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Can a healthy gut support a healthy mind?

What is the gut and brain connection?

Most people have had firsthand experience with how the brain communicates with the gut - think butterflies in your tummy when you’re nervous. But the brain-gut connection actually goes both ways. This complex communication system is known as the gut-brain axis and there is increasing evidence that this partnership may have an impact on emotional well-being. Perhaps most interesting of all is that the trillions of inhabitants in the gut, collectively known as the microbiome, appear to play a very important role in brain health and function.

How does the gut-brain axis work?

The gut and brain are connected in several ways, allowing the brain to influence digestive activities and the gut to influence the brain and mental well-being. Physically, the gut and brain are connected through millions of nerves. The biggest and most significant being the vagus nerve. The vagus nerve begins in the brain stem, travels through the neck and the thorax and into the abdomen. It is responsible for carrying signals from the digestive system and other organs to the brain and vice versa. 80% of the nerve signals of the vagus nerve travel from the gut to the brain and only 20% from the brain to the gut.1

Another significant component of the gut-brain relationship is the microbiome. The bacteria in the gut communicate with the brain and affect brain function in a number of ways:

  • Via the vagus nerve – Research suggests that gut bacteria can modify the activity of the vagus nerve, which communicates directly with the brain.1
  • Through the production of neurotransmitters – Many of the neurotransmitters (chemical messengers) produced in the brain can also be made by the microbes in the gut including serotonin, GABA and dopamine.2 All of which play a vital role in how we think and feel. Interestingly, 90% of the body’s serotonin is made in the gut not the brain,3 a neurotransmitter that affects our mood, sleep, hunger, learning and memory.
  • By modifying the stress response – Through the communication with the vagus nerve and neurotransmitter release, gut bacteria can reduce cortisol levels and alter the body’s stress response.4
  • Via other indirect mechanisms - Gut microbes play a role in the body’s immune system and inflammatory responses and make other compounds such as short-chain fatty acids, which can impact brain health in various ways.5

What impact does an unhealthy gut microbiome have on the brain and what symptoms could it cause?

When the microbiome is challenged by poor diet, the use of antibiotics or a high stress lifestyle it can lead to imbalance or ‘dysbiosis’. Evidence suggests that gut dysbiosis and a low diversity of bacteria strains can change the stress response and may influence mood.4

On the flipside, taking specific probiotic strains has been shown to improve stress symptoms. For example, lactobacillus plantarum 299v has been shown to alter the body’s stress response by decreasing cortisol levels6 and a multispecies probiotic was shown to buffer against the negative effects stress has on memory and brain function.7 Probiotics show great potential in relieving stress and reducing the risk of stress-related health problems.8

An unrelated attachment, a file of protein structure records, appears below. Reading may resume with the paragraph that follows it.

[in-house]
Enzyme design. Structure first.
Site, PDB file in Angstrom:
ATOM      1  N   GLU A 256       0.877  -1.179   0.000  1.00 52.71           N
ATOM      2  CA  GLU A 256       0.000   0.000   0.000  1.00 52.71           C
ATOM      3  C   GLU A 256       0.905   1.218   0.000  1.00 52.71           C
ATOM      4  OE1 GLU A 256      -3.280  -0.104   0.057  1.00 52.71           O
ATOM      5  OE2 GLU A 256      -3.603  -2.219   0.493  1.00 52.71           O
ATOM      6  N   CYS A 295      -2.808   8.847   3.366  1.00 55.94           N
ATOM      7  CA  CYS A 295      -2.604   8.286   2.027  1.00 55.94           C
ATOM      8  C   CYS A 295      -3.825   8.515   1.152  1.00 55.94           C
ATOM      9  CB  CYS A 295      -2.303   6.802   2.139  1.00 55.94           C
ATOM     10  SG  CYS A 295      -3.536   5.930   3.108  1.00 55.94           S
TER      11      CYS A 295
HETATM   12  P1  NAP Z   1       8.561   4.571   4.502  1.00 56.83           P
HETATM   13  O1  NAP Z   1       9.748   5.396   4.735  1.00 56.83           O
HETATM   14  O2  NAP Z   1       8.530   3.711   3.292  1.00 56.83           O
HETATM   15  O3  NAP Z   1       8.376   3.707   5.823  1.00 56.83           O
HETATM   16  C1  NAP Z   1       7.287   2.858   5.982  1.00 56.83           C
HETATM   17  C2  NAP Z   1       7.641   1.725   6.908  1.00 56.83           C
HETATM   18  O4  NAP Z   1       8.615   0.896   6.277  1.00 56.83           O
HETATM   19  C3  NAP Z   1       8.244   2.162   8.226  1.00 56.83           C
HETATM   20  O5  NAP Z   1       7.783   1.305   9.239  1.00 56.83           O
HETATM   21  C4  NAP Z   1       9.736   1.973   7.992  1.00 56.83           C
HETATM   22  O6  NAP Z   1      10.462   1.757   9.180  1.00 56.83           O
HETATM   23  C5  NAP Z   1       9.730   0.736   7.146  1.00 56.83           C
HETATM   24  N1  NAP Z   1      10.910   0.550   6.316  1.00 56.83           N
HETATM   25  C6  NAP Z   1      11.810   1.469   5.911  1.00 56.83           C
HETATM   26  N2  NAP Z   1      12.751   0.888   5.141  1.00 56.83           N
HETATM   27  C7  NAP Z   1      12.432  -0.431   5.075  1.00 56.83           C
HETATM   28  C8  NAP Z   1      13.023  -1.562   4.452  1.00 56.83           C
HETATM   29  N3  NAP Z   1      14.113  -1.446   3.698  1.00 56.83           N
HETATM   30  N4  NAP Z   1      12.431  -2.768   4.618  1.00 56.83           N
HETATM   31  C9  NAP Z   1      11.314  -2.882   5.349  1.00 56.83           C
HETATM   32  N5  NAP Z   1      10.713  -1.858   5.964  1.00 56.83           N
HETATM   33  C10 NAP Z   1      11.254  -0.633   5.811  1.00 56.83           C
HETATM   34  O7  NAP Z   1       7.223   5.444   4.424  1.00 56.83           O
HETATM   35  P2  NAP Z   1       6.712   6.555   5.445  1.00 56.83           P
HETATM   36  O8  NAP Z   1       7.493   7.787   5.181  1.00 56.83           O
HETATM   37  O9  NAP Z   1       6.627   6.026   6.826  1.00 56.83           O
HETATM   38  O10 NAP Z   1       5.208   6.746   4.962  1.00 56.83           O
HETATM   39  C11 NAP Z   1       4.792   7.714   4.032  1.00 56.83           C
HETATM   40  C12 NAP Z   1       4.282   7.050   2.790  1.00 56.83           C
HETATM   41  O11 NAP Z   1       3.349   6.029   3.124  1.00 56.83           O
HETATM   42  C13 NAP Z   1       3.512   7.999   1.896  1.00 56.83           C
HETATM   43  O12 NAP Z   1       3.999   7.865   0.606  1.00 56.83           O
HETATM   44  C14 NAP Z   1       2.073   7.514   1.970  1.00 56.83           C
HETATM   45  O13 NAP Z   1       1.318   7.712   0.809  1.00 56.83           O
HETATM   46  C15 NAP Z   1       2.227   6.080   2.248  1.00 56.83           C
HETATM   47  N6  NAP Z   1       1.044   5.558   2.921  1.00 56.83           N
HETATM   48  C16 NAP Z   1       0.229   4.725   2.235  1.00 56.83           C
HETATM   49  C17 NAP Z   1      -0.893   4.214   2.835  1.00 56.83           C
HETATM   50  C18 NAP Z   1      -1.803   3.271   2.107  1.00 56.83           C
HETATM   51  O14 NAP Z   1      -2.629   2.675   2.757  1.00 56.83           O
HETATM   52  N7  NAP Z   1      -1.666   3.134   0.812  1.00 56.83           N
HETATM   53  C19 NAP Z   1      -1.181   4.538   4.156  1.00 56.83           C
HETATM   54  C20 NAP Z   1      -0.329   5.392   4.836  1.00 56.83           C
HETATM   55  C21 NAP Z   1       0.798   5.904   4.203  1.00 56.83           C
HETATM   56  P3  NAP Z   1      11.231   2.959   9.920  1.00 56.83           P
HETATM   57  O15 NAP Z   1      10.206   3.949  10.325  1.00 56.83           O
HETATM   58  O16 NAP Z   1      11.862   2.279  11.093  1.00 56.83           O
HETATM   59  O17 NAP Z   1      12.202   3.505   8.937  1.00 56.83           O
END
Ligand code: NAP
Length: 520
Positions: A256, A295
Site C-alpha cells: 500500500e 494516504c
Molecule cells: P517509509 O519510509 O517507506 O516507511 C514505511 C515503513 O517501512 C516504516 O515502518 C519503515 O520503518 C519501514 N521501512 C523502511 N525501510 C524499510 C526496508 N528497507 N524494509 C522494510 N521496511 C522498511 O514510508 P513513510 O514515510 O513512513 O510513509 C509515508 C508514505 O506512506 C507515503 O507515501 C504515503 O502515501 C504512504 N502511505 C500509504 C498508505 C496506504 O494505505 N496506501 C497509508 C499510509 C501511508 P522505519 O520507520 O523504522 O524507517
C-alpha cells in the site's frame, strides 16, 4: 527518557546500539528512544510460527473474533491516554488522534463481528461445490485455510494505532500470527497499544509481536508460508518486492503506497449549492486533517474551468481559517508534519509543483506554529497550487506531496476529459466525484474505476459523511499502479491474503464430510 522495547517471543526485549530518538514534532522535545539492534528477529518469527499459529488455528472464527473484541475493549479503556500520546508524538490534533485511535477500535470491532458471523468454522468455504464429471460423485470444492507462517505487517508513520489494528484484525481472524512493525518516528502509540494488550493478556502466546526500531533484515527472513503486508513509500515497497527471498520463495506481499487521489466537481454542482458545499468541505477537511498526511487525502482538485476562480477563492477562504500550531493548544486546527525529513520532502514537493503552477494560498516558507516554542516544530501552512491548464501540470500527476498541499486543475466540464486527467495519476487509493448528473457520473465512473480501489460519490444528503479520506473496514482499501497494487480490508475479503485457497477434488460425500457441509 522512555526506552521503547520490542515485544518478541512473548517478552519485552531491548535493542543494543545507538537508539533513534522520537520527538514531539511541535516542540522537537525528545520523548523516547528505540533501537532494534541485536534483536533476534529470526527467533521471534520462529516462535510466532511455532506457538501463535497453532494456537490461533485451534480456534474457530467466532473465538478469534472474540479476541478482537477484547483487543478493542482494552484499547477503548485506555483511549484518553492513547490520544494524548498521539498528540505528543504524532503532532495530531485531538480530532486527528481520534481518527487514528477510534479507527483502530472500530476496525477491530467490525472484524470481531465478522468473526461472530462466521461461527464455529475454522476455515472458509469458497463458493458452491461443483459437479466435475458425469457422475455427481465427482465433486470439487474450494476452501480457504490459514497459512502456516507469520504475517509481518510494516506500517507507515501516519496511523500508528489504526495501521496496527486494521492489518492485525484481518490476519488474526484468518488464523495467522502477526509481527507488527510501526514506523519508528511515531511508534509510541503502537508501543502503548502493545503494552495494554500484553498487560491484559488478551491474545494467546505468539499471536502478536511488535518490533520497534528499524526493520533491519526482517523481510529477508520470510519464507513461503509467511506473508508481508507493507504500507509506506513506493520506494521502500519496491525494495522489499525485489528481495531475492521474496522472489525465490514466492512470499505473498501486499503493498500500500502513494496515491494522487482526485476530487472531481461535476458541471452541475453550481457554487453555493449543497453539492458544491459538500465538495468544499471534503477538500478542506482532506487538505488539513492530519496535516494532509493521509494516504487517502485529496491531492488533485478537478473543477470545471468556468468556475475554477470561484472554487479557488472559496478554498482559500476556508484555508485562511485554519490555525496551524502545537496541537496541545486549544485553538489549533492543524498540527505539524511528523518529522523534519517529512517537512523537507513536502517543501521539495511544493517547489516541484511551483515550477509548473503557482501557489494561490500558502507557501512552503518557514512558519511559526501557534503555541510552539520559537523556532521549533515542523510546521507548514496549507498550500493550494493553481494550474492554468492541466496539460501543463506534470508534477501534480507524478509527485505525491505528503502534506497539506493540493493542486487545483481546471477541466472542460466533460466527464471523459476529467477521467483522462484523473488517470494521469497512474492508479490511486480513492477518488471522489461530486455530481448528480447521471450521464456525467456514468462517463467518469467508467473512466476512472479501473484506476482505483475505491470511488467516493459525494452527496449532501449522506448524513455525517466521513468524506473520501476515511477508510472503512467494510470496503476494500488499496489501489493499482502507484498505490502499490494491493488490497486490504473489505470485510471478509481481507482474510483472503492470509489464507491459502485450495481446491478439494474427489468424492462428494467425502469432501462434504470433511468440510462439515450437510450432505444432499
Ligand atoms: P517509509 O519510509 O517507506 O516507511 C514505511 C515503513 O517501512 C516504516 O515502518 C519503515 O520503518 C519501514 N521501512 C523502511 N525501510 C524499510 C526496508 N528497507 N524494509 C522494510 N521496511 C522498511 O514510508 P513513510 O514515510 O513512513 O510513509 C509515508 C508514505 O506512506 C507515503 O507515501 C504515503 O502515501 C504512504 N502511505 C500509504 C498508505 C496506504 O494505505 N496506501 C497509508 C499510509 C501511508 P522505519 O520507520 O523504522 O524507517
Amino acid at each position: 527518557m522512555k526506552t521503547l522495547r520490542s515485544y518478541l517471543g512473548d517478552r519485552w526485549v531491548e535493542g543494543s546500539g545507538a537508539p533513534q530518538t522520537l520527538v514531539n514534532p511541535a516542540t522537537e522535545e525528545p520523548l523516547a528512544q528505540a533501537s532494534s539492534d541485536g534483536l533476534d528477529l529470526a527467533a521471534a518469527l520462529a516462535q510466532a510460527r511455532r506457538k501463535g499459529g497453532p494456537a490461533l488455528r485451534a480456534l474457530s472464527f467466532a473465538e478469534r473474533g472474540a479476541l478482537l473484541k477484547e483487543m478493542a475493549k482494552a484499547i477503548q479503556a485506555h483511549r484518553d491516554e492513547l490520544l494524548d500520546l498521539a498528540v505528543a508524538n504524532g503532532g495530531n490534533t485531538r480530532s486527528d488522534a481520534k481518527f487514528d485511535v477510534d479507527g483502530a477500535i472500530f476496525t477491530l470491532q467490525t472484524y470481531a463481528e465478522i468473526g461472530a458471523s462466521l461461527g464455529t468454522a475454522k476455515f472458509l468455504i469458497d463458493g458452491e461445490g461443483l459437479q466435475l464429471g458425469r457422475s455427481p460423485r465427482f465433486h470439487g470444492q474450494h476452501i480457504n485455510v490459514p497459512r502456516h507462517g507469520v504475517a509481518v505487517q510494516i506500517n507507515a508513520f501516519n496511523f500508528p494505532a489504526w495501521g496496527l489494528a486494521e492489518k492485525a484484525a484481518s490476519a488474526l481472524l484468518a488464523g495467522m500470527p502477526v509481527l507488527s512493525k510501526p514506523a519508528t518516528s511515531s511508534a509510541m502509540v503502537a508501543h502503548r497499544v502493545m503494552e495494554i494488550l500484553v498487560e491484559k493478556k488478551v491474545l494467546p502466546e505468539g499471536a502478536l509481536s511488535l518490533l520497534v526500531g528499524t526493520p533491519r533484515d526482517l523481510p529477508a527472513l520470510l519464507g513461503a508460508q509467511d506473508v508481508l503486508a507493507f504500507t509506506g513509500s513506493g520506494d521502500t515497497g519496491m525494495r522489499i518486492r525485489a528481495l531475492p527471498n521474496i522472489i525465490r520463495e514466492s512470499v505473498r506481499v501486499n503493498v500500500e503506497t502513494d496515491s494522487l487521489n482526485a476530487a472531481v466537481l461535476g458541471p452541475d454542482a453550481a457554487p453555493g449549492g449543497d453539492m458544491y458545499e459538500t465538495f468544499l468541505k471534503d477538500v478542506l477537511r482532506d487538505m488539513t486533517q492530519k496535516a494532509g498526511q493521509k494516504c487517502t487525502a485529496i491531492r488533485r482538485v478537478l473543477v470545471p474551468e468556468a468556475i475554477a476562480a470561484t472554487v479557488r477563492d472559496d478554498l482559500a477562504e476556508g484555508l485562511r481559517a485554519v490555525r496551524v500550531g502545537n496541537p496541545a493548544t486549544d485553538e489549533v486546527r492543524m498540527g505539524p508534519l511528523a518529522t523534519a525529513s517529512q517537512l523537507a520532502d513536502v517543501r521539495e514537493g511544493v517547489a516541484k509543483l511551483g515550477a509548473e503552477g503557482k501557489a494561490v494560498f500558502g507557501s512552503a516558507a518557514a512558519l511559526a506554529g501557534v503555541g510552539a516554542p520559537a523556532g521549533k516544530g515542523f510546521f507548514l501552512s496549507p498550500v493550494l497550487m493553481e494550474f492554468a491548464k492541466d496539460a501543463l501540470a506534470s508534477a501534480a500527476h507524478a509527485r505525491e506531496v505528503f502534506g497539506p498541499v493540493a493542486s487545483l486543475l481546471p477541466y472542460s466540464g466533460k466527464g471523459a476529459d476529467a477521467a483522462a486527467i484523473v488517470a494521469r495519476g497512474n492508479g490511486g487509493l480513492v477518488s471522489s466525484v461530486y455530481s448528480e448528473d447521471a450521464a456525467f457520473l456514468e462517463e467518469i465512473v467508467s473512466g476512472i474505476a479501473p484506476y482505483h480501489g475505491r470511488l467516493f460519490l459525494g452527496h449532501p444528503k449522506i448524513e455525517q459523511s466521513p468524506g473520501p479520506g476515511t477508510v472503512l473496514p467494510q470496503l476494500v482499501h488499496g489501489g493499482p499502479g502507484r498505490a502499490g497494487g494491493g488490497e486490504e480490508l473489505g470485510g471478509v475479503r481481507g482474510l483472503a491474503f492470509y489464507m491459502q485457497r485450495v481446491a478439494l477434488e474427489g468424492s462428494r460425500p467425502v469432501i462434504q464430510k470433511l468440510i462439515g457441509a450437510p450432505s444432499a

Importance of keeping a healthy gut to support the mind

Considering how closely the gut and brain interact and the influence the gut microbiome has on brain function, it makes sense that supporting a healthy microbiome can help support a healthy mind.  The best ways to strengthen your microbiome and improve gut diversity is to eat a varied diet with plenty of fresh fruits and vegetables, consume high fibre prebiotic sources and probiotic-rich fermented foods and take a good quality probiotic supplement with strains that have been tested and researched to support mental well-being and a healthy stress response.



  1. Bonaz B 2018, ‘The Vagus Nerve at the Interface of the Microbiota-Gut-Brain Axis’, Front Neurosci, vol 7, no 12, p49, doi:10.3389/fnins.2018.00049
  2. Strandwitz P 2018, ‘Neurotransmitter modulation by the gut microbiota’. Brain research, 1693, Pt B, pp 128-133, doi:10.1016/j.brainres.2018.03.015
  3. Yano JM at al 2015, ‘Indigenous bacteria from the gut microbiota regulate host serotonin biosynthesis,’ Cell. Vol 161, no 2, pp 264-276, doi:10.1016/j.cell.2015.02.047
  4. Madison A et al 2019, ‘Stress, depression, diet and the gut microbiota: human-bacteria interactions at the core of psychoneuroimmunology and nutrition’, Curr Opin Behav Sci, vol 28, pp 105–110, doi: 1016/j.cobeha.2019.01.011
  5. Wang H et al 2016, ‘Effect of Probiotics on Central Nervous System Functions in Animals and Humans: A Systematic Review’. J Neurogastroenterol Motil, vol 22, pp589-605, doi.org/10.5056/jnm16018
  6. Andersson H at al 2016, ‘Oral Administration of Lactobacillus plantarum 299v Reduces Cortisol Levels in Human Saliva during Examination Induced Stress: A Randomized, Double-Blind Controlled Trial’, Int J Microbiol, doi: 10.1155/2016/8469018
  7. Papalini S et al 2019, ‘Stress matters: Randomized controlled trial on the effect of probiotics on neurocognition’, Neurobiology of stress, vol 10
  8. Zhang N 2019, ‘Probiotic supplements for relieving stress in healthy participants’, Medicine (Baltimore), vol 98, no 20, e15416, doi: 1097/MD.0000000000015416
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